Lasker Honorees

This year's Lasker Awards are going to two trios of researchers, the New York Times reports.

The first — Dana Farber Cancer Center's William Kaelin, Peter Ratcliffe from the University of Oxford, and Gregg Semenza at Johns Hopkins University — are sharing the Albert Lasker Basic Medical Research Award for their discovery of the pathway involved in the cellular response to changing oxygen conditions. The Times notes that Ratcliffe and Semenza independently started out studying hypoxia and homed in on the protein HIF-1 that's only around in low-oxygen conditions. Kaelin, meanwhile, was studying Von Hippel-Lindau disease in which tumors act like they are oxygen starved. He connected a VHL protein that removes hypoxia-related compounds from cells under oxygen-rich conditions to that loss of HIF-1. HIF-1 and related proteins have now been linked to a number of medical conditions and biological functions, the Times adds.

"When we started, we were focused on one gene," Semenza says. "Now, there are thousands."

The second trio — the University of Heidelberg's Ralf Bartenschlager, Rockefeller University's Charles Rice, and Michael Sofia, formerly of Pharmasset and now at Arbutus Biopharma — are sharing the Lasker-DeBakey Clinical Medical Research Award for their work on the hepatitis C virus. As the Wall Street Journal reports, Bartenschlager and Rice developed a way to grow the hepatitis C virus in the lab and this enabled Sofia to design and test drugs to combat the virus. He zeroed in on a nucleotide analog NS5B polymerase inhibitor drug dubbed sofosbuvir that is now the active ingredient in Gilead Sciences' Sovaldi and one of the drugs in its combination Harvoni. The Journal notes that the drug has shortened treatment time and has fewer side effects.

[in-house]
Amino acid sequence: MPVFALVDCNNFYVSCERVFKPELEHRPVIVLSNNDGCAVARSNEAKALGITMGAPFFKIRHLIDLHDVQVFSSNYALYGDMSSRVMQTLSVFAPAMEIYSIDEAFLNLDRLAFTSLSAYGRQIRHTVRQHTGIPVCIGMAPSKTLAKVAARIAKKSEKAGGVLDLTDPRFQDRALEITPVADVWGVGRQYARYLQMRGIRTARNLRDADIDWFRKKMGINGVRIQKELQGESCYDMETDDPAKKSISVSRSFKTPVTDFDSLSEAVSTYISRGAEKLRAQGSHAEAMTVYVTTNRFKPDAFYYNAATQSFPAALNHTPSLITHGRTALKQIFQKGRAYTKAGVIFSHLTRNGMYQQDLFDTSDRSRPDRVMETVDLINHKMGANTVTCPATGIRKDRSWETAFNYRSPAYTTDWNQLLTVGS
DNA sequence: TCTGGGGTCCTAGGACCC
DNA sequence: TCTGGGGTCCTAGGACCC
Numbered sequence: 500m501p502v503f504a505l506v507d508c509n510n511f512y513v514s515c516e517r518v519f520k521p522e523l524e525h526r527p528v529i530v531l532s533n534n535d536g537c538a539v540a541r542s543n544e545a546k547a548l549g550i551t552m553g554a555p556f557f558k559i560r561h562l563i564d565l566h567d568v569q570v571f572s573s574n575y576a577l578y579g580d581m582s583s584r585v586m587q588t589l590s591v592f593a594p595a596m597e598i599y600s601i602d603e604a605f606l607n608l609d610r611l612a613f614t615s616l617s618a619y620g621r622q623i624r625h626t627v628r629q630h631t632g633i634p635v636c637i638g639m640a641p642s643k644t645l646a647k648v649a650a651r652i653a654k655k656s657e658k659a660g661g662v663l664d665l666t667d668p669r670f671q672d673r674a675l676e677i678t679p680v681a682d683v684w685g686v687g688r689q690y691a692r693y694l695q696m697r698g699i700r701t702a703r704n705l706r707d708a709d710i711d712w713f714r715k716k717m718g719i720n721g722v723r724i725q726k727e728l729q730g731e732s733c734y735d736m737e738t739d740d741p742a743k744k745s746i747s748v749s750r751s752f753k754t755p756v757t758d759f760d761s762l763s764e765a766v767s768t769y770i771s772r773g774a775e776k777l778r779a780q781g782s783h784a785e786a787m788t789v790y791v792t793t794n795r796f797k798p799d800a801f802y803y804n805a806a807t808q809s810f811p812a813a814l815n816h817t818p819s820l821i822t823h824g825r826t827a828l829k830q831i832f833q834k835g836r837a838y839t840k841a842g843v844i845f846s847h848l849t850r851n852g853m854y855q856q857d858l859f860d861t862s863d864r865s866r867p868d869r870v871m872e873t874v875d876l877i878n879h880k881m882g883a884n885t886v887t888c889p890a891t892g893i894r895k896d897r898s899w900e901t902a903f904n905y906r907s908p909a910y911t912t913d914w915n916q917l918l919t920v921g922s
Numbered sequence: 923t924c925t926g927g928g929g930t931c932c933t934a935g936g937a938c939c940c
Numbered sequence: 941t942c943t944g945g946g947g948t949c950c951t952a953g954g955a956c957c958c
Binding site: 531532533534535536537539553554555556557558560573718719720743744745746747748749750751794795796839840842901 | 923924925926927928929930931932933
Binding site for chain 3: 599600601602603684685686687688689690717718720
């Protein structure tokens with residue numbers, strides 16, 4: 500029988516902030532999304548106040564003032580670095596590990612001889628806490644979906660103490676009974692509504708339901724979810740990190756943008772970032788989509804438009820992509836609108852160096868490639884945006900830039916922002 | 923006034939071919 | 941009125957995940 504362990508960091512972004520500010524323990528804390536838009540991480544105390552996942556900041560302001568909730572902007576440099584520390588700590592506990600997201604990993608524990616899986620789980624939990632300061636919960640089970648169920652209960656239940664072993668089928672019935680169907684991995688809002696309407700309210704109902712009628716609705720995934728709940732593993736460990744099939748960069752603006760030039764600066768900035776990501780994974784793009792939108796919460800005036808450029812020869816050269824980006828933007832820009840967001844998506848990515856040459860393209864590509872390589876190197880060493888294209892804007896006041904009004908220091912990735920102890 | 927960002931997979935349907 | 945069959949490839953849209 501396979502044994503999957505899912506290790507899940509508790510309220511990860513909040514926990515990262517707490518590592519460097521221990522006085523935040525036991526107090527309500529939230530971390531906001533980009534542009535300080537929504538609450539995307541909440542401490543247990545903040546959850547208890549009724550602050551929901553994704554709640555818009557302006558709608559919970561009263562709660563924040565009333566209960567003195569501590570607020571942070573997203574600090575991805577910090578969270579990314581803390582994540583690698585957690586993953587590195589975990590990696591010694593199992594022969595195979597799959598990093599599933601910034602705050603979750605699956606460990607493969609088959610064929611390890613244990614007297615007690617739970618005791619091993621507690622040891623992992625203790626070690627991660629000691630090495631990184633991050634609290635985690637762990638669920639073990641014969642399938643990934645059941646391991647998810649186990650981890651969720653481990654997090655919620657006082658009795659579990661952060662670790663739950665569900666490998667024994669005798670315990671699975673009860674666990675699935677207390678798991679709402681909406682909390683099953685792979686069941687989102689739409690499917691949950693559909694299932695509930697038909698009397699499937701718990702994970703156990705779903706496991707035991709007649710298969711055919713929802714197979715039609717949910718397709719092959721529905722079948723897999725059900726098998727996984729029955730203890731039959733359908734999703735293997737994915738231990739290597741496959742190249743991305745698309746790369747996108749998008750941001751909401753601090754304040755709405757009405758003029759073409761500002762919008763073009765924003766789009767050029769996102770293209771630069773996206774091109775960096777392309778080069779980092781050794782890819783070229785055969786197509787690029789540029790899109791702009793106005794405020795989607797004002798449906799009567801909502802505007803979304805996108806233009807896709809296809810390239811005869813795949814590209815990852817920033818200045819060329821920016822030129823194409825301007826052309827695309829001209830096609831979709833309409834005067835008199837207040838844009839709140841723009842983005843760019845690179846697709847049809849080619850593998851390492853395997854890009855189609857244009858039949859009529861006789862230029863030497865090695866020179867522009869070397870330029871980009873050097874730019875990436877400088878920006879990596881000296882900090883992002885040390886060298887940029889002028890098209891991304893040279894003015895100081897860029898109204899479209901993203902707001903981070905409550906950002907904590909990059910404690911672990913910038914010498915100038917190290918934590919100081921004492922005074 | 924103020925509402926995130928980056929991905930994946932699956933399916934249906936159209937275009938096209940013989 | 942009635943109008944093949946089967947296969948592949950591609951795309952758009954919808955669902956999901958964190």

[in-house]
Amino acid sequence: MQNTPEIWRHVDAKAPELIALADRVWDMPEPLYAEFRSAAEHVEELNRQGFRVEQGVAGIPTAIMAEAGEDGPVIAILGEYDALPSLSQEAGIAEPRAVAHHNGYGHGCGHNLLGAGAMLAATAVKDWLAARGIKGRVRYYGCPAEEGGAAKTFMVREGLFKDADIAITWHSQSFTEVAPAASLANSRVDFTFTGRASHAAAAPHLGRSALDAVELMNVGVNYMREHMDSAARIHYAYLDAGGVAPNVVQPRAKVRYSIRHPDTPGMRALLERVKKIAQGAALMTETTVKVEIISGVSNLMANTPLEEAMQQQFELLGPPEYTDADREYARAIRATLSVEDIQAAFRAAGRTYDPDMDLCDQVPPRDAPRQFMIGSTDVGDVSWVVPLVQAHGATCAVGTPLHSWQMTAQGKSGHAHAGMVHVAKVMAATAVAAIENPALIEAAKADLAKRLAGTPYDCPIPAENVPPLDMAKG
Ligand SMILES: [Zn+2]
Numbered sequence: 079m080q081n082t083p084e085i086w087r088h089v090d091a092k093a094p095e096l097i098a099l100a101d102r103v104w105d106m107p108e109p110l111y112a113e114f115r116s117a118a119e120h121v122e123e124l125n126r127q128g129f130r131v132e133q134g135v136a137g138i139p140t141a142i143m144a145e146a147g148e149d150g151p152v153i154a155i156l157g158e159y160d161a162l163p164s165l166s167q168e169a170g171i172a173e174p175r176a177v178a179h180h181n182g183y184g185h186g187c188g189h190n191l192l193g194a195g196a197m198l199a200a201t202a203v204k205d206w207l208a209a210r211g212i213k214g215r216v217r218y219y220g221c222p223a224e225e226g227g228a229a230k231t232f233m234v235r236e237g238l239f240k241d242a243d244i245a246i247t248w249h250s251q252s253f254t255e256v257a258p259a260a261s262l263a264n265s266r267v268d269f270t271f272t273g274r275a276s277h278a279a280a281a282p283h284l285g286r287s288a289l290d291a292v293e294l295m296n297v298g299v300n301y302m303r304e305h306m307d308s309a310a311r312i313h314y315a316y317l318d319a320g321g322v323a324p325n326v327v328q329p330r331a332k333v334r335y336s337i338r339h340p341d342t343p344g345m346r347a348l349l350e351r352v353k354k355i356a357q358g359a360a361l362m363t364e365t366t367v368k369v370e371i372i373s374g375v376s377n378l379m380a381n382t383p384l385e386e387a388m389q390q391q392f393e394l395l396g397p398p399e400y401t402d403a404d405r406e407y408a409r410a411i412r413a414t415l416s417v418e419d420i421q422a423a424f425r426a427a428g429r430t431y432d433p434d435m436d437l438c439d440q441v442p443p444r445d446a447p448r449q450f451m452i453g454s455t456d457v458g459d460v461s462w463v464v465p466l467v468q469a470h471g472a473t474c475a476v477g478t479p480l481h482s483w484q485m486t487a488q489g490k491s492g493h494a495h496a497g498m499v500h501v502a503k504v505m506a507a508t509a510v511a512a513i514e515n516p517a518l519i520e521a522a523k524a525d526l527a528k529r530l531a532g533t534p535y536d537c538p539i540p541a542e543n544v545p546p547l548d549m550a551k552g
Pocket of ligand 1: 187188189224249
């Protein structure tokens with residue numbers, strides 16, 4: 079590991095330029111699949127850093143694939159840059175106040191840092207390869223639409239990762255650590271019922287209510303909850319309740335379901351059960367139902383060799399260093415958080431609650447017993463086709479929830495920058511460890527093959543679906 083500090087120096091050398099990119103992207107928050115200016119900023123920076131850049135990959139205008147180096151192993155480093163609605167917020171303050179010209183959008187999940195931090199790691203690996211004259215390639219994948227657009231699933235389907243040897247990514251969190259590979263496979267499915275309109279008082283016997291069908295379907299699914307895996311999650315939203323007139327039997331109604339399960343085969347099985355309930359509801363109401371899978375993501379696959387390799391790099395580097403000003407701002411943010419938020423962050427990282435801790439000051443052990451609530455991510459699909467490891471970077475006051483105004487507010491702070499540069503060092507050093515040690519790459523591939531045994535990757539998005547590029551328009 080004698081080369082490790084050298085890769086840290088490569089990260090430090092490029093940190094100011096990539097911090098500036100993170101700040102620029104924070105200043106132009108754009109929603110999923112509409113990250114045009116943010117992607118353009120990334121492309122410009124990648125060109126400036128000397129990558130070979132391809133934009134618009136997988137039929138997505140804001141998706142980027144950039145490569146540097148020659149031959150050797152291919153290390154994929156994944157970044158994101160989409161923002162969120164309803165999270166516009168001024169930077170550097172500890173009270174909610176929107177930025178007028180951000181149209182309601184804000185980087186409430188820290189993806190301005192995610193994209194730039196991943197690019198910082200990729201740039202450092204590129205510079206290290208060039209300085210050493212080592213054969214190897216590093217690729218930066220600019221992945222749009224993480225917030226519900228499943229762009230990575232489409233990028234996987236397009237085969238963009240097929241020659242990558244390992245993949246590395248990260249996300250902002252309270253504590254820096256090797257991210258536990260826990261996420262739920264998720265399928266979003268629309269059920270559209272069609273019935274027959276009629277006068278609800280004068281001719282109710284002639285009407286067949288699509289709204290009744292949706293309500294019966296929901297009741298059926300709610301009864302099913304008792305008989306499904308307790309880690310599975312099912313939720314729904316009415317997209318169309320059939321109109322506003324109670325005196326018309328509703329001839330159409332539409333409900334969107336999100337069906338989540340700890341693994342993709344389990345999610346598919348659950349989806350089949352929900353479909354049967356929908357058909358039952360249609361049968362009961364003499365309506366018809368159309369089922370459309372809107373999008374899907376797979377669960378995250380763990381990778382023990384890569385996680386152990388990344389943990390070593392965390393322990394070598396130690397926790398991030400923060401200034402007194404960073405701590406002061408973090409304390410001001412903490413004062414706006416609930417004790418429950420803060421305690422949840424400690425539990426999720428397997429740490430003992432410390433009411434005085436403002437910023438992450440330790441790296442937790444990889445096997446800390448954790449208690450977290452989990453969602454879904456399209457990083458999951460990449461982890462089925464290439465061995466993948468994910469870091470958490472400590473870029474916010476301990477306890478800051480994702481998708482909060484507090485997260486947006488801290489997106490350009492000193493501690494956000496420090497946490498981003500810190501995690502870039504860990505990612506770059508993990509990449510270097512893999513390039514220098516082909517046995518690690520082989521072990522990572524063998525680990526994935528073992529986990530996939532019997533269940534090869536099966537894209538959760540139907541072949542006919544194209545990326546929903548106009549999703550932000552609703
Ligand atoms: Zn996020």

"It's pretty astounding to see how this drug has been able to transform people's lives and certainly really change the future for" people with hepatitis C, Sofia tells the Journal.

In addition, the University of California, San Francisco's Bruce Alberts has won a special achievement award for his work on DNA replication as well as his efforts in scientific education and his leadership of national and international scientific organizations.

Filed Under

Researchers report that deleting one gene from butterflies affects their wing coloration patterns, according to the Washington Post.

The Seattle Times writes that pharmacogenomics testing can help choose medications that may work best for people with depression.

In PNAS this week: genome sequencing of weevil symbionts, retinoid X receptor deletion in lung cancer metastasis, and more.

Sequencing could help combat foodborne illnesses, according to a blog post by Food and Drug Administration officials.